Thousands of nonprofits are putting the identity of scholarship recipients, board members, employees and even donors at risk by including their social-security numbers in the annual Form 990 tax return they file with the Internal Revenue Service, a new study says.
The study, by Identity Finder, a data-loss-prevention company, searched 2.89 million Form 990s filed with the IRS for the years 2001 through 2006 belonging to 728,847 organizations.
For that six-year period, the study found that 132,362 nonprofits published a total of 472,866 social-security numbers on their tax returns, which are public documents.
Of those social-security numbers, 171,005 were unique, with the larger number reflecting the fact that some numbers were posted on multiple returns.
At least 59,890 of the unique social-security numbers, representing 35 percent of all individuals affected, belonged to tax preparers.
The percentage of nonprofits that published at least one social-security number on their Form 990 fell to 6.8 percent in 2006 from 16.6 percent in 2001.
Most nonprofits that published social-security numbers include only one or two, and less than 1 percent published lists that contained three or more.
Some nonprofits reported no identifying information at all, some published the names of scholarship recipients, and some published names, full addresses, social-security numbers, and detailed transaction information.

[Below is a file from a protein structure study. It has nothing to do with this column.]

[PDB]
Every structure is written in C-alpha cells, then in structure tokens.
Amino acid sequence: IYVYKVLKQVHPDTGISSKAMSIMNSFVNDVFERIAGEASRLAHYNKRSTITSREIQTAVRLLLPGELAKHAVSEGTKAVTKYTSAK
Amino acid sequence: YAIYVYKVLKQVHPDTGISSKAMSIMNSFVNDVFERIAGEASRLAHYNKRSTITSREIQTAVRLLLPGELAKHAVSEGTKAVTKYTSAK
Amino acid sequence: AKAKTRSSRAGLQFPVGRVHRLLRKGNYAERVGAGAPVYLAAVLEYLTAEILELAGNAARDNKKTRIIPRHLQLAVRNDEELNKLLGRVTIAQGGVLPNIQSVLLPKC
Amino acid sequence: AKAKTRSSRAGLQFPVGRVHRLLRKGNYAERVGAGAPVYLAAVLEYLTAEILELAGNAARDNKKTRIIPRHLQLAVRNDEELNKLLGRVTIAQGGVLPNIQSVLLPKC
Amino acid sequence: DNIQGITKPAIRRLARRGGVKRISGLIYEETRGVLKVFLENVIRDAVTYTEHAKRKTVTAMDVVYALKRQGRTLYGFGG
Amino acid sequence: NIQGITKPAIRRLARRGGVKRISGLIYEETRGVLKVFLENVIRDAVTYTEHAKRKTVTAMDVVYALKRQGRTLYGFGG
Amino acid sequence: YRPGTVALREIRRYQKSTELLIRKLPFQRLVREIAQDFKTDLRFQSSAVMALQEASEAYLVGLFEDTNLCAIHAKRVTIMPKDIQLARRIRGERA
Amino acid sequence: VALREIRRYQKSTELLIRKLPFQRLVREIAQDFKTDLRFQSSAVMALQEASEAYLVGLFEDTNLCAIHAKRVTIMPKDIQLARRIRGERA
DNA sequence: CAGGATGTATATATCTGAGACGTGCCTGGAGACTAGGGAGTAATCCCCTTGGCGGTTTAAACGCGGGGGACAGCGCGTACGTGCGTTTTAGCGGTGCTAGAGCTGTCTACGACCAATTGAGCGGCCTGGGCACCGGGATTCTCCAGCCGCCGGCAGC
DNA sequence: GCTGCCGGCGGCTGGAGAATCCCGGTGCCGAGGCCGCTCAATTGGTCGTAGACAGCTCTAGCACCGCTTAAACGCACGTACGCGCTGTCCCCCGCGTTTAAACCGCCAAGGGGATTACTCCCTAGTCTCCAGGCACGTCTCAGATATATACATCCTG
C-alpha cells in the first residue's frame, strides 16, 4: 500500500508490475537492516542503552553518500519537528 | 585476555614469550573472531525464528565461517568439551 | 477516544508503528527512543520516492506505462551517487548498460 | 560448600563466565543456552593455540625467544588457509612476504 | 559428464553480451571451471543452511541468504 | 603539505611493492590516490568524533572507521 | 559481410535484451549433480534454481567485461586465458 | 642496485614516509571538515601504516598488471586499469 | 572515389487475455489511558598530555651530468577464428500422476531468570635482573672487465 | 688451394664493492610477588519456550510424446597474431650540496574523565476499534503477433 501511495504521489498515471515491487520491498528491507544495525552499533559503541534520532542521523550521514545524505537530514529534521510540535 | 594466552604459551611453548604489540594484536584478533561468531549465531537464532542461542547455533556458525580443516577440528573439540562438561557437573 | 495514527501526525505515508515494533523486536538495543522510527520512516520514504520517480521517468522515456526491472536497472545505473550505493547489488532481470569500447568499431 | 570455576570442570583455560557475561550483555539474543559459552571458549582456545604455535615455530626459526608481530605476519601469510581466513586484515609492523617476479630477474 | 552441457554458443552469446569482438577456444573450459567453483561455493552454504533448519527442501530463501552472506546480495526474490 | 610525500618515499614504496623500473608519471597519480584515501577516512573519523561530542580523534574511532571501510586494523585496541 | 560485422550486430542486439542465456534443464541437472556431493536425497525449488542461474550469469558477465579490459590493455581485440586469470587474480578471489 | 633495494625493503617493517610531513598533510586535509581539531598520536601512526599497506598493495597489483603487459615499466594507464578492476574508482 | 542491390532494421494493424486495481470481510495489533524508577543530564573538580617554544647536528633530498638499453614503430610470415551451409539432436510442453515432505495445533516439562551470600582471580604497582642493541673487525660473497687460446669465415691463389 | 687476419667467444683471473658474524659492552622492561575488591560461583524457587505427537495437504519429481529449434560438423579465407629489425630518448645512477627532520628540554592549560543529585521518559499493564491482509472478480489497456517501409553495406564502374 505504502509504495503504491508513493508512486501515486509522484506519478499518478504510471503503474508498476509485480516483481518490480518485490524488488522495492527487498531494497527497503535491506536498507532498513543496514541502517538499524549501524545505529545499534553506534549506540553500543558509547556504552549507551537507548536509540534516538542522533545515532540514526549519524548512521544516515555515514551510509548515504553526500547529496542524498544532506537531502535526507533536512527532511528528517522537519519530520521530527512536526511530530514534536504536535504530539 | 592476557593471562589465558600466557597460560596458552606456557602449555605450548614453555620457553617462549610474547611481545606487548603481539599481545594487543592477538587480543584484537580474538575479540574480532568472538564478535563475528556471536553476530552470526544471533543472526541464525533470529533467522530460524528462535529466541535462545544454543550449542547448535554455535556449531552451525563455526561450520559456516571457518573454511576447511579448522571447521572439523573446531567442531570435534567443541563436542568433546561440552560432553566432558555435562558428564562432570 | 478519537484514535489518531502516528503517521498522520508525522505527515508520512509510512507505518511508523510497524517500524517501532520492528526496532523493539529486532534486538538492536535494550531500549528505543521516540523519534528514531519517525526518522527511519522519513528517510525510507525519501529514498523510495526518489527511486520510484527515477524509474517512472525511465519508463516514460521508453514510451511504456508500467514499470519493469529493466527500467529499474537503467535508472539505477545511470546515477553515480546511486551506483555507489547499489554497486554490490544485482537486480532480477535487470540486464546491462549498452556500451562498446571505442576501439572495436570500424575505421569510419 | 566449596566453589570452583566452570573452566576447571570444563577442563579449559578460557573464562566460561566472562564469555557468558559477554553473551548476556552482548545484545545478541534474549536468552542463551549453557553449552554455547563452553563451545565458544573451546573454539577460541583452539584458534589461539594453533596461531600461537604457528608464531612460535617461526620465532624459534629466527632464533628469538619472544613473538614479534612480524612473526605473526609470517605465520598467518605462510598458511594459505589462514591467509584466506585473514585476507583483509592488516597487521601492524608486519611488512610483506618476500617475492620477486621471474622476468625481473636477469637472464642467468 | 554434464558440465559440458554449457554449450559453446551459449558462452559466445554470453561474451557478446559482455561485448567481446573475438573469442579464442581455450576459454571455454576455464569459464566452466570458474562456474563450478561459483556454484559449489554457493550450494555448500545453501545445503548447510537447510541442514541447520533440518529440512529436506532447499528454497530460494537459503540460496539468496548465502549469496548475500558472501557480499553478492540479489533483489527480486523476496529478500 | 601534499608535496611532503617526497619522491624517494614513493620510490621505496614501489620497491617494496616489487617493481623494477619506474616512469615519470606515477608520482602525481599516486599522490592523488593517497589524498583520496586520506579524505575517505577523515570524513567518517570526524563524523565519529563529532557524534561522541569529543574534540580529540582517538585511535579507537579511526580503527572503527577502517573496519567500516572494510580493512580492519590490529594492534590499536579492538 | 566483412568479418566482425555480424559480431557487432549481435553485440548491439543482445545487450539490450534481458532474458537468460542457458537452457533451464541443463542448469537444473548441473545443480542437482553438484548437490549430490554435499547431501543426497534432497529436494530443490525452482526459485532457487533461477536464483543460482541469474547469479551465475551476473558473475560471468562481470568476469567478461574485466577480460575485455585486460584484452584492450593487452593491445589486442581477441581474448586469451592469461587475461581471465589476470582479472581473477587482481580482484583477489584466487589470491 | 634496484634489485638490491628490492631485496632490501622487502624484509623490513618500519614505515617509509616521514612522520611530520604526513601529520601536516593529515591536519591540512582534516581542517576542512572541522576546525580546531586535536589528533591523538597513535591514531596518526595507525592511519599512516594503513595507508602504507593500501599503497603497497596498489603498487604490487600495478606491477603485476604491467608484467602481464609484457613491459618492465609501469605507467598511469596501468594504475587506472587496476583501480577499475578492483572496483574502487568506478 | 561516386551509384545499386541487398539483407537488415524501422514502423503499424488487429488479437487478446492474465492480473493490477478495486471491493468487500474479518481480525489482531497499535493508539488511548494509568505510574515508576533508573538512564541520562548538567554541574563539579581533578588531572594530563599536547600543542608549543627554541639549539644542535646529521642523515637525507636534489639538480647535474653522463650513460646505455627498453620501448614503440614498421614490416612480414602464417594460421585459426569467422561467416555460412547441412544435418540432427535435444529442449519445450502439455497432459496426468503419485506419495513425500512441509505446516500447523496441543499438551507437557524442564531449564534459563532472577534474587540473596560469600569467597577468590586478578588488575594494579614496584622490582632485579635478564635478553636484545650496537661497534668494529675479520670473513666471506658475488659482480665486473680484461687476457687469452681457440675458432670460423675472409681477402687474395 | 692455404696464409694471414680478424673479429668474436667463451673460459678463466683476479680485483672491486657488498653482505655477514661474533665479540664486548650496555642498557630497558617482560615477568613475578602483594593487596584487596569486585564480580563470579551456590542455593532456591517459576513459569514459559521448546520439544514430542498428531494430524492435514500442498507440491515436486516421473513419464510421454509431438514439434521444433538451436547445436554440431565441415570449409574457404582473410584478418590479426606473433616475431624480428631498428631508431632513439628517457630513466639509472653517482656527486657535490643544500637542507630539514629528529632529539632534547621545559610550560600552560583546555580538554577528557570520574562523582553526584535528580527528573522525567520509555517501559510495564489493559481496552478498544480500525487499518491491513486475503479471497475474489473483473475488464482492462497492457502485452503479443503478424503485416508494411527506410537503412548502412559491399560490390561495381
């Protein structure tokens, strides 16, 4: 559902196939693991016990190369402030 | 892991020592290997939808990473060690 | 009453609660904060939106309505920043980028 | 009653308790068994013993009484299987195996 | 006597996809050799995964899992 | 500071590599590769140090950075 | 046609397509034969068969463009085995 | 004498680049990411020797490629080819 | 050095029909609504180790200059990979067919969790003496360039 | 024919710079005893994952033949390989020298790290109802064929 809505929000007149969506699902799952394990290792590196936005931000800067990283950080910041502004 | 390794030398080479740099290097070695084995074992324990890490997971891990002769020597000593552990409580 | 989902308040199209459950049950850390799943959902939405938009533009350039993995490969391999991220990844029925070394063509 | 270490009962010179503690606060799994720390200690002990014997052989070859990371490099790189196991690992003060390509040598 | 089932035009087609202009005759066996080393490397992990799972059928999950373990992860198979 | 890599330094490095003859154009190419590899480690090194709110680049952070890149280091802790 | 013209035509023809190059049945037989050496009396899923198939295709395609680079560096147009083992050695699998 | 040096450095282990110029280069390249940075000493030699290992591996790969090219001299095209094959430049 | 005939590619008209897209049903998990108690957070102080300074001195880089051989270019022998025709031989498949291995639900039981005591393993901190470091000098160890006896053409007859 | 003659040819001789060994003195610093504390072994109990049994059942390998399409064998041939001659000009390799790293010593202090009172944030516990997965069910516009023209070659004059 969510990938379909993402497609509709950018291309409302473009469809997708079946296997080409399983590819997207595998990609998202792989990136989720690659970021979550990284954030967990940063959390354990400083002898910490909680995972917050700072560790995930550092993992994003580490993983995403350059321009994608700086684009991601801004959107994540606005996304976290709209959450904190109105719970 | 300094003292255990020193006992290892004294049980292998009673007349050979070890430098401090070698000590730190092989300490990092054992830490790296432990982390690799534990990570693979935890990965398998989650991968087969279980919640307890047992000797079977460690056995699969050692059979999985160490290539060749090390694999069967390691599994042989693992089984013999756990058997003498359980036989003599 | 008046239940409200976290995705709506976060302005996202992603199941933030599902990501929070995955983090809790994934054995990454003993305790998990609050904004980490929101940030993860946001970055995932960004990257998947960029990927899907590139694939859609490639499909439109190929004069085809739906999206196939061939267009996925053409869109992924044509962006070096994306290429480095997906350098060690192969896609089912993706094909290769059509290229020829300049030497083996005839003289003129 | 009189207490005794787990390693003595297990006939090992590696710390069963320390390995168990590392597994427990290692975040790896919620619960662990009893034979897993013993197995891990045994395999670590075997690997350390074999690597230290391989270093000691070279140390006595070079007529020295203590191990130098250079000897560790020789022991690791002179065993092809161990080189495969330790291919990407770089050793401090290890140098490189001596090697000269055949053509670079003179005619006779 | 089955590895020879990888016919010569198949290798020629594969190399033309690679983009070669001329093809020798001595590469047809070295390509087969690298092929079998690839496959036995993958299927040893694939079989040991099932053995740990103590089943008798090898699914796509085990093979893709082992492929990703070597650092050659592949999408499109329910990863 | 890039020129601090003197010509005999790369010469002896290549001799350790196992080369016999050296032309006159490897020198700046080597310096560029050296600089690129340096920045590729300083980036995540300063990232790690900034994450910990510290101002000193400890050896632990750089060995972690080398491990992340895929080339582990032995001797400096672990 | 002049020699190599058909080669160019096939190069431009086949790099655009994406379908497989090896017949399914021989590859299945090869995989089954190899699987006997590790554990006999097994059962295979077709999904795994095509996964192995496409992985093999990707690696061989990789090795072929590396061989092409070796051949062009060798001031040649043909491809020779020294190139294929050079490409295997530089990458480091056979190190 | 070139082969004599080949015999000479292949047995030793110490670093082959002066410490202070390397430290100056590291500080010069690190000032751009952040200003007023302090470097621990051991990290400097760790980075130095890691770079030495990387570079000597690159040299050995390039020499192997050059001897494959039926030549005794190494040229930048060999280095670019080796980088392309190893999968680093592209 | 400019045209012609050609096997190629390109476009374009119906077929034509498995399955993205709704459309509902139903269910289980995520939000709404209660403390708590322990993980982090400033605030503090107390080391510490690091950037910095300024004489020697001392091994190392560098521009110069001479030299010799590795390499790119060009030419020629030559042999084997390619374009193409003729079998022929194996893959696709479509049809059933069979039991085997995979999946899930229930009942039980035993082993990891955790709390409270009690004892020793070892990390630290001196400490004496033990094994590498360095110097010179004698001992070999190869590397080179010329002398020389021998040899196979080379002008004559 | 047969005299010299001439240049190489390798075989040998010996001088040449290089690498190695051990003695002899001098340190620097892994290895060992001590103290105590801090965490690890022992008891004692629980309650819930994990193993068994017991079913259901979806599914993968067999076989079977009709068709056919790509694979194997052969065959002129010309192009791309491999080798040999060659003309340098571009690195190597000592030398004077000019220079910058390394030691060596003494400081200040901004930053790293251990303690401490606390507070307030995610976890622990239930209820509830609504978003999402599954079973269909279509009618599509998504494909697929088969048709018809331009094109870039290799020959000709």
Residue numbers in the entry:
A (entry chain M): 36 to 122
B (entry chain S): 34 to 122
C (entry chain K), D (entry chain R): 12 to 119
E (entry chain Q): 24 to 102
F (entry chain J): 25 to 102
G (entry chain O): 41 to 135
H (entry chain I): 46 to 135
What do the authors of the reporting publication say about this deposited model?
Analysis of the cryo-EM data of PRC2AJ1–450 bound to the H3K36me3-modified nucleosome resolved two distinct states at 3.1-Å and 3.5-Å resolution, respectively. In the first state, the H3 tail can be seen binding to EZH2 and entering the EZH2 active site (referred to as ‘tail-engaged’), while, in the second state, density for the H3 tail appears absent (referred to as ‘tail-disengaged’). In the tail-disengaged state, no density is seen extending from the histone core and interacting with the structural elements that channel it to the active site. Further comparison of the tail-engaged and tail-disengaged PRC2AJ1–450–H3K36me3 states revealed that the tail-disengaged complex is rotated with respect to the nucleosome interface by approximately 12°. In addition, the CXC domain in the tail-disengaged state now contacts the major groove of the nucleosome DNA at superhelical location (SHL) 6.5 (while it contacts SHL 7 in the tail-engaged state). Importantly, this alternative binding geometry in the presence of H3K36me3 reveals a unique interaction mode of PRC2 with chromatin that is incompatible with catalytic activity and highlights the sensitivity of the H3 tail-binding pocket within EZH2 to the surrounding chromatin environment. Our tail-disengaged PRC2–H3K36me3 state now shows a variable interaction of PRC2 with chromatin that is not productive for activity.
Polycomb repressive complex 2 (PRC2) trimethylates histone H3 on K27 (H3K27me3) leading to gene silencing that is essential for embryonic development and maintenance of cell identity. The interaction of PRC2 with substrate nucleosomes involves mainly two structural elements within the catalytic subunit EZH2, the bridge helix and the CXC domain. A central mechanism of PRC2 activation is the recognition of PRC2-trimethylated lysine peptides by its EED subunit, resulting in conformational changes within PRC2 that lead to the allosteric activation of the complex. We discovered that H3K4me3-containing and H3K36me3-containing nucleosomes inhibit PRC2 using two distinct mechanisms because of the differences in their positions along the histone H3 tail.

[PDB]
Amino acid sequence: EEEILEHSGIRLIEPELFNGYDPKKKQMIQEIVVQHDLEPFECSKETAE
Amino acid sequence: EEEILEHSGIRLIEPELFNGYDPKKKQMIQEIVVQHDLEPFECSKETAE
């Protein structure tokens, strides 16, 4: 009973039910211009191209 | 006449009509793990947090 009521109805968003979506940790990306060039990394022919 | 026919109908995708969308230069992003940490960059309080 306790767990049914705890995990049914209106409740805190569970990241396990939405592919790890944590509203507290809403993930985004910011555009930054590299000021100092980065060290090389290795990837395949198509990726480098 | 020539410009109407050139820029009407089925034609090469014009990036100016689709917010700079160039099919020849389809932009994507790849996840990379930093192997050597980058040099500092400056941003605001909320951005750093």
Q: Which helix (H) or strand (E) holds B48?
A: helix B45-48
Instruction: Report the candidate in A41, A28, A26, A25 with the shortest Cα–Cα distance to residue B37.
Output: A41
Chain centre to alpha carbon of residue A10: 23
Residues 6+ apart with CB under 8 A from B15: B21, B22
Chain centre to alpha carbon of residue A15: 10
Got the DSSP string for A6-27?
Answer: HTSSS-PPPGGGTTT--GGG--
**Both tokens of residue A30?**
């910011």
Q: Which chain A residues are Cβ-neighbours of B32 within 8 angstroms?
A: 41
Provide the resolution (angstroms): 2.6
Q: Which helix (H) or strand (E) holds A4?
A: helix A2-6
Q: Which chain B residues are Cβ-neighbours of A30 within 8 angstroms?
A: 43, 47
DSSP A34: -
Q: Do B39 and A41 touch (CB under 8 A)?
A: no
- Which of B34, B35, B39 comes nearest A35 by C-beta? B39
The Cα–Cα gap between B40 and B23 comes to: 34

“The practice of including social-security numbers in public tax documents is decreasing, but advocacy organizations, alumni associations, community and scholarship foundations, and private trusts have all published lists of names and social-security numbers, unknowingly placing personal information permanently in the public domain,” the study says.
“Scholarship recipients, tax professionals, employees and donors,” it says, “now face the prospect of living the rest of their lives at increased risk of identify fraud.”
The study makes a series of recommendations to protect against disclosure of personal information.
Donors should not share their social-security number with charities, for example, and scholarship applicants should review the most recent Form 990 of any foundation before submitting an application to make sure their personal information will not be published.
Charities should avoid placing personal information on public documents, and those that have published social-security numbers should warn those affected that they may be at increased risk of identify fraud, the study says.
Everyone should require any organization to justify a request for his or her social-security number and should not be afraid to refuse to provide it, the study says.
And the IRS should and other stewards of past 990 filings should provide only redacted copies of the forms, or forms with sensitive information removed, it says.